(b) Underline that basic and applied innovative research and development, including in areas such as microbiology, epidemiology, traditional and herbal  medicine and social and behavioural sciences, as appropriate, are needed in order to better understand antimicrobial resistance and to support research and development  on quality, safe, efficacious and affordable antimicrobial medicines, especially new antibiotics and alternative therapies, vaccines and diagnostics;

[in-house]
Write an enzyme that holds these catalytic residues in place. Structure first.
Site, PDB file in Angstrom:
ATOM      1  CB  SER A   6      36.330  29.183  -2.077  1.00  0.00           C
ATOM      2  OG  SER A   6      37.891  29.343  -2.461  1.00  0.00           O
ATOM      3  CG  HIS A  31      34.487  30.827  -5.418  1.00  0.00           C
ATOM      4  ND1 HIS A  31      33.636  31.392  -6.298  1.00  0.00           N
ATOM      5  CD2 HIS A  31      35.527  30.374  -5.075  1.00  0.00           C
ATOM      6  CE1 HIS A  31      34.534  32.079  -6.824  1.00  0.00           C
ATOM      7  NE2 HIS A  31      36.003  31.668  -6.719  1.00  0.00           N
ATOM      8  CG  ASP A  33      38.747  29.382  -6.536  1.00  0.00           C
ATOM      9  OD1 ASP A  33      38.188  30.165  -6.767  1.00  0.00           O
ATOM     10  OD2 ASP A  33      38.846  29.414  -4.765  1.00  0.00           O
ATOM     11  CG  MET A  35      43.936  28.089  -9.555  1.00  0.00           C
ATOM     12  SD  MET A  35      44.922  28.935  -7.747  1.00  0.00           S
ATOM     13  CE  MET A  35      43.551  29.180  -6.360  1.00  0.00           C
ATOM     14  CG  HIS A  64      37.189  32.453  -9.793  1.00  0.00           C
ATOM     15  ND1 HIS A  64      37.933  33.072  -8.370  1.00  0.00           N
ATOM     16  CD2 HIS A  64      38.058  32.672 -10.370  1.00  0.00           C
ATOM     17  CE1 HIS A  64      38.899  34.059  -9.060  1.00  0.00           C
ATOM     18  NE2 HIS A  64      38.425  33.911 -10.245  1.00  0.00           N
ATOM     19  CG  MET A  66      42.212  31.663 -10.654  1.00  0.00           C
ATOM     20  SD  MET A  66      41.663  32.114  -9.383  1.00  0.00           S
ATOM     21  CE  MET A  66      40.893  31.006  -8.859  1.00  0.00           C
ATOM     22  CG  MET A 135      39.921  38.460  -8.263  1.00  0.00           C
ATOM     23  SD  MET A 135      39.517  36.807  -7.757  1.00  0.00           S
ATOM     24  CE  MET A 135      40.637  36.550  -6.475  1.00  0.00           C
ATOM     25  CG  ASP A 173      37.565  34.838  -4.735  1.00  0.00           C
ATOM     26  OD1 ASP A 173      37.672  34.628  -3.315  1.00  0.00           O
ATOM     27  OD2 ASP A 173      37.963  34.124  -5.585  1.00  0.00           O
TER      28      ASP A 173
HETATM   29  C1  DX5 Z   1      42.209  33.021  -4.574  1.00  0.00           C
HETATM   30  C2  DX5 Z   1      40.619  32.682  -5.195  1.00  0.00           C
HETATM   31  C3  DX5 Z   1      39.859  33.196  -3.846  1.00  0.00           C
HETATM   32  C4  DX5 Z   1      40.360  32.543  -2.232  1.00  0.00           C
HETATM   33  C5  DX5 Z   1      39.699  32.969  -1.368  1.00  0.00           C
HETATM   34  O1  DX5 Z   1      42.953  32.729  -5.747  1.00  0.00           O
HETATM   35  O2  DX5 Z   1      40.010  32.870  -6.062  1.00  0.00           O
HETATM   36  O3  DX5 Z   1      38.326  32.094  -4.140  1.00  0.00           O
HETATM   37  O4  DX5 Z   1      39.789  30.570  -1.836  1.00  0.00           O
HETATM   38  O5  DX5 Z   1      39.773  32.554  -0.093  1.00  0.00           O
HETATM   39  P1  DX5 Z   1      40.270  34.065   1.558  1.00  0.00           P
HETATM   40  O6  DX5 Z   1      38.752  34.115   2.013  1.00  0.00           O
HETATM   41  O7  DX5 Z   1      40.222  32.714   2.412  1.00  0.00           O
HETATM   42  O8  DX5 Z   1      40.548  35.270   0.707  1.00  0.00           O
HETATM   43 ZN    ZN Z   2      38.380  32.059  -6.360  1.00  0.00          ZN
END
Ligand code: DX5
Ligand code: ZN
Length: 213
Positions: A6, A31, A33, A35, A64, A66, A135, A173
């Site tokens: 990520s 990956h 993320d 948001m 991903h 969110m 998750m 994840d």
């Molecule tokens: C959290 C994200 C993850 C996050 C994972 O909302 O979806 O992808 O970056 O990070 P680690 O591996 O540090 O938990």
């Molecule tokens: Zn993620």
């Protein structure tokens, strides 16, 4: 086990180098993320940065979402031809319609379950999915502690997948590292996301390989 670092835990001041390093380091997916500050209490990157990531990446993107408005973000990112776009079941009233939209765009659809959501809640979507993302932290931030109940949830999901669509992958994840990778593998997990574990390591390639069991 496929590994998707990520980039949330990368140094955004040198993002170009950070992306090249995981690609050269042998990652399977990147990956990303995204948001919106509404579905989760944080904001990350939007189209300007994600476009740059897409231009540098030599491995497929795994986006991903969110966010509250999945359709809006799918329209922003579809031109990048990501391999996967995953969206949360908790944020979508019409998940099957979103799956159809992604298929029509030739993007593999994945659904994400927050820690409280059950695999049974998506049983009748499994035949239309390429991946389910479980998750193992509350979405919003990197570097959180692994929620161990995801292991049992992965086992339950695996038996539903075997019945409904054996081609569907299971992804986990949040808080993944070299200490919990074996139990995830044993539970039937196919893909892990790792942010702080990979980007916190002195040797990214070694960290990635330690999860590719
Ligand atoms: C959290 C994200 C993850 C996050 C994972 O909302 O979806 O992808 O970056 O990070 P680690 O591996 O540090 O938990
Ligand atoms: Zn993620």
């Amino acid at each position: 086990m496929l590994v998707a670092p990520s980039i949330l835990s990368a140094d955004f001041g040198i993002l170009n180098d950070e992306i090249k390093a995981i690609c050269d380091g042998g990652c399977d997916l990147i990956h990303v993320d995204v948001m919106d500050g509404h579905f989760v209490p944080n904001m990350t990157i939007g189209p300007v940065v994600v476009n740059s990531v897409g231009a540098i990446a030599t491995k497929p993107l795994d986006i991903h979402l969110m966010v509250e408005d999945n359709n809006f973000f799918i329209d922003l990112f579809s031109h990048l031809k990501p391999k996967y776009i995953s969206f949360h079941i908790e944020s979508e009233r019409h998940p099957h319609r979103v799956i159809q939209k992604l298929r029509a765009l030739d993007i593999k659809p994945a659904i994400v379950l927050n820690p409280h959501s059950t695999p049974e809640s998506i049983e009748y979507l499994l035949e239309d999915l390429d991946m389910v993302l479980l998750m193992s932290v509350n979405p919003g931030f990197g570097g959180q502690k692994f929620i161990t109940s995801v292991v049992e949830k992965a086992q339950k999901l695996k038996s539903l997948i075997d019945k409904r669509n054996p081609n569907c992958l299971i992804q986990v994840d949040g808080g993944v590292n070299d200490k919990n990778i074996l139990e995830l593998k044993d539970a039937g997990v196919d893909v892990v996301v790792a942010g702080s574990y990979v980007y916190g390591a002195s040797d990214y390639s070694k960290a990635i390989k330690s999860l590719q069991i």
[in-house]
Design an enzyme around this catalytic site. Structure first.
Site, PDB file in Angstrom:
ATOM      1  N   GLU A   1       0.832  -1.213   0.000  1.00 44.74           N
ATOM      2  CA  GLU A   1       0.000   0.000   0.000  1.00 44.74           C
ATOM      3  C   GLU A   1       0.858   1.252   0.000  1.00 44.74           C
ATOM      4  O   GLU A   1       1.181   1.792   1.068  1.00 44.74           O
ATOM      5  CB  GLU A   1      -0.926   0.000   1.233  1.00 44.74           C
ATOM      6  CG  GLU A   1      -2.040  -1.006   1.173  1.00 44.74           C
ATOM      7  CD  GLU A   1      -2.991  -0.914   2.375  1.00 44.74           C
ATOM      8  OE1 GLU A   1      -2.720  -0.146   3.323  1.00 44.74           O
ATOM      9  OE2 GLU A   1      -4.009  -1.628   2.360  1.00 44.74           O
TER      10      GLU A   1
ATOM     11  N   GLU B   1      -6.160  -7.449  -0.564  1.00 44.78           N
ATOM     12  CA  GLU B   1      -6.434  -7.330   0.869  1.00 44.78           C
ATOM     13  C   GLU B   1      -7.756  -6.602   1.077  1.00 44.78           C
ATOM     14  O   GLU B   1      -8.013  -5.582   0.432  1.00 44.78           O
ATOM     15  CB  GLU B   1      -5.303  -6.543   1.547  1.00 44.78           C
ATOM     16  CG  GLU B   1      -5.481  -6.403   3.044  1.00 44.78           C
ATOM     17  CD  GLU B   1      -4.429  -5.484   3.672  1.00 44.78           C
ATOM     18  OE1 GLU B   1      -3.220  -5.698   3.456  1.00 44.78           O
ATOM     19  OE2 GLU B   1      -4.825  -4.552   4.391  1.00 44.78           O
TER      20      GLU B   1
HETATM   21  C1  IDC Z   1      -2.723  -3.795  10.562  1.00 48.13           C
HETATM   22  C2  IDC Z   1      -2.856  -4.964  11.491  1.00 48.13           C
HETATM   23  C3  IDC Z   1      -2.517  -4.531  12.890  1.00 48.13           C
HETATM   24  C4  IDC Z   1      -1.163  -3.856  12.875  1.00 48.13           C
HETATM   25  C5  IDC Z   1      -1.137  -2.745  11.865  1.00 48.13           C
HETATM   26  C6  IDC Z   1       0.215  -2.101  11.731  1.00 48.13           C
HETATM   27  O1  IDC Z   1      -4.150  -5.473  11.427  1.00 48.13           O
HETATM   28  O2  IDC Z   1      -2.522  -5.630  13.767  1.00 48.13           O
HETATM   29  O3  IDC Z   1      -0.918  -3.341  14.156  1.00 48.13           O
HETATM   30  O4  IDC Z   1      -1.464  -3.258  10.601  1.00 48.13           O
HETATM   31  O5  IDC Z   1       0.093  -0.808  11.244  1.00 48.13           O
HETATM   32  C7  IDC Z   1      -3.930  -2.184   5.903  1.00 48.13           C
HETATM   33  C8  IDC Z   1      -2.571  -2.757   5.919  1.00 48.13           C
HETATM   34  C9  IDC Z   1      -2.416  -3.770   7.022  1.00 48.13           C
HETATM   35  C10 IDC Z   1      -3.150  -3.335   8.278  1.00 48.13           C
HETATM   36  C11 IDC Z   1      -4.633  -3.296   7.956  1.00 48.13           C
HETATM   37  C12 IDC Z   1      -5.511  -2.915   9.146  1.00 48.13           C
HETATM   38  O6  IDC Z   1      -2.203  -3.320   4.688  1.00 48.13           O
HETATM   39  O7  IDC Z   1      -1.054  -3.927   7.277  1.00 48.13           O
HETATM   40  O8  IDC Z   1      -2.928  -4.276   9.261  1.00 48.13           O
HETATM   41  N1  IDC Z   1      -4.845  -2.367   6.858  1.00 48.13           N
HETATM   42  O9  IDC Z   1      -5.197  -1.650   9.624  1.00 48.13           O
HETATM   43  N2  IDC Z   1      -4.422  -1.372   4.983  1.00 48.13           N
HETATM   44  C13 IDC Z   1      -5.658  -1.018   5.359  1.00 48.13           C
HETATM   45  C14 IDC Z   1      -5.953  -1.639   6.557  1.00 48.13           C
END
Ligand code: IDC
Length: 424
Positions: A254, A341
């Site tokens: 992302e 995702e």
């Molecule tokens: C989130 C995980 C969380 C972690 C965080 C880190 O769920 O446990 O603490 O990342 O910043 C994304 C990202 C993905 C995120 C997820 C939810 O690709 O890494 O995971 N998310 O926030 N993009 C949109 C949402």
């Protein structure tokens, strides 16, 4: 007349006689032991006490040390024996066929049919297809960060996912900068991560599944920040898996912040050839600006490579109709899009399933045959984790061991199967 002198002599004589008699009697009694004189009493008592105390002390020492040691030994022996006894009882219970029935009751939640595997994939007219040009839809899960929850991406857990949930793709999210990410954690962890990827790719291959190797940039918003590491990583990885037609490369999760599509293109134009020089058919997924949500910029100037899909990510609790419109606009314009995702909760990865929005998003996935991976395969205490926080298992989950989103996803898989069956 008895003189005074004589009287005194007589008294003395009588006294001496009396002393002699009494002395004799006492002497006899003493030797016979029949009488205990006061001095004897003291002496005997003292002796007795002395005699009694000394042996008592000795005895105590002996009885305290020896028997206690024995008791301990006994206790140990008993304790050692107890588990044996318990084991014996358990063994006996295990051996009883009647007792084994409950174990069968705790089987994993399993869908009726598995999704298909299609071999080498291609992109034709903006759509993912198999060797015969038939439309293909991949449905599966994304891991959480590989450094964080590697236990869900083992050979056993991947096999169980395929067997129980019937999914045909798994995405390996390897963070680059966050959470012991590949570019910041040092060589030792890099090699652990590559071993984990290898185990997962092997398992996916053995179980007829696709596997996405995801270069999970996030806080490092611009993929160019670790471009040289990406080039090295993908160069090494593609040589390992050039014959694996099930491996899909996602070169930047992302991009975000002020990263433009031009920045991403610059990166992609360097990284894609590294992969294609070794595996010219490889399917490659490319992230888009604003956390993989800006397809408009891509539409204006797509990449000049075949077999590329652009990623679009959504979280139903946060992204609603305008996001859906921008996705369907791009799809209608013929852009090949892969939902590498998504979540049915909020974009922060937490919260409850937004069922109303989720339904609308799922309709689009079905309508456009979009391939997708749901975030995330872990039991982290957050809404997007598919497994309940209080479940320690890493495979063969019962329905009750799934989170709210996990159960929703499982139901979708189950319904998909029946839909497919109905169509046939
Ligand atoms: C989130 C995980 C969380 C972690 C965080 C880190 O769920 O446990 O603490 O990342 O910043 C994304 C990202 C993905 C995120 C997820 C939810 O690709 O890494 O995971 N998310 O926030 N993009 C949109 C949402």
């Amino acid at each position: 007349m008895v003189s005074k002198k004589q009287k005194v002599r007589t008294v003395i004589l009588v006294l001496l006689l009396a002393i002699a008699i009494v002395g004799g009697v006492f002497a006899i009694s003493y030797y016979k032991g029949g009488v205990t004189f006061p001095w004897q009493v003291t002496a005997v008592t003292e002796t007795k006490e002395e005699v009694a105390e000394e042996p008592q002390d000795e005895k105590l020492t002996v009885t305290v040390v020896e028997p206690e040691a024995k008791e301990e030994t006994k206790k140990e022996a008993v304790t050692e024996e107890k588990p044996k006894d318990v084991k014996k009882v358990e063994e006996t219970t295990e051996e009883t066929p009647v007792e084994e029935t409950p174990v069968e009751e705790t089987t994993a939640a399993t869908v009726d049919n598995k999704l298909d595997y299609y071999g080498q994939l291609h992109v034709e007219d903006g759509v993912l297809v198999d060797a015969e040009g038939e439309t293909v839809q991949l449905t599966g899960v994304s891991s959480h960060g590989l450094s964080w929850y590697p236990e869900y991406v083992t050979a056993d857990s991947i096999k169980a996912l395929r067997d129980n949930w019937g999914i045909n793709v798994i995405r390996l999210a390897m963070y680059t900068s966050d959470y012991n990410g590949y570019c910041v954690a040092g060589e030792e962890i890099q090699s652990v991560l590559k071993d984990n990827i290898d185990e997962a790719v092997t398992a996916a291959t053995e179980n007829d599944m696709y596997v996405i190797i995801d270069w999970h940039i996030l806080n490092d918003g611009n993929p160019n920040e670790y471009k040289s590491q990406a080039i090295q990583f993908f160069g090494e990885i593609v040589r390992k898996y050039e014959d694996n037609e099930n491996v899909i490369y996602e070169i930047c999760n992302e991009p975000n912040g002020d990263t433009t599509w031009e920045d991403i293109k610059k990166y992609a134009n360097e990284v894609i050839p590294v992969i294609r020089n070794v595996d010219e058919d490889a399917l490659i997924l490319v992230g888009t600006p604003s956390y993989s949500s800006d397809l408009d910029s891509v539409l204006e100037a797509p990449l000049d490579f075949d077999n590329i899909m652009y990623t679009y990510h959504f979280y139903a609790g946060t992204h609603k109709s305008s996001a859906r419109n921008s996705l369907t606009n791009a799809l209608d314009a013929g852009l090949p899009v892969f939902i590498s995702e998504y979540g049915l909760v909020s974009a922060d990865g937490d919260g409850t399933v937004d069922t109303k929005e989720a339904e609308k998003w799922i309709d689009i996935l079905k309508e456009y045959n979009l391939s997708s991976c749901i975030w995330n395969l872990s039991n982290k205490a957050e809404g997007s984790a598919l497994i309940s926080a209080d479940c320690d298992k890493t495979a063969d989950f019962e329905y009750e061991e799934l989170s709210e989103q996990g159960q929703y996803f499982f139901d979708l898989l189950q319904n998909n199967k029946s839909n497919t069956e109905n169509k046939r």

(c) Underline also that all research and development efforts should be needs-driven, evidence-based and guided by the principles of  affordability,  effectiveness and efficiency and equity, and  should be  considered as a  shared responsibility: in  this regard, we acknowledge the importance of delinking the cost of investment in research and development on antimicrobial resistance from the price and volume of sales so as to facilitate equitable and affordable access to new medicines, diagnostic tools, vaccines and other results to  be  gained through research  and development,  and welcome innovation and research and development models that deliver effective solutions to the challenges presented by antimicrobial resistance, including those promoting investment in research and development; all relevant stakeholders, including Governments, industry, non-governmental organizations and academics, should continue to explore ways to support innovation models  that  address  the unique set of challenges presented by antimicrobial resistance, including the importance of the appropriate and rational use of antimicrobial medicines, while promoting access to affordable medicines;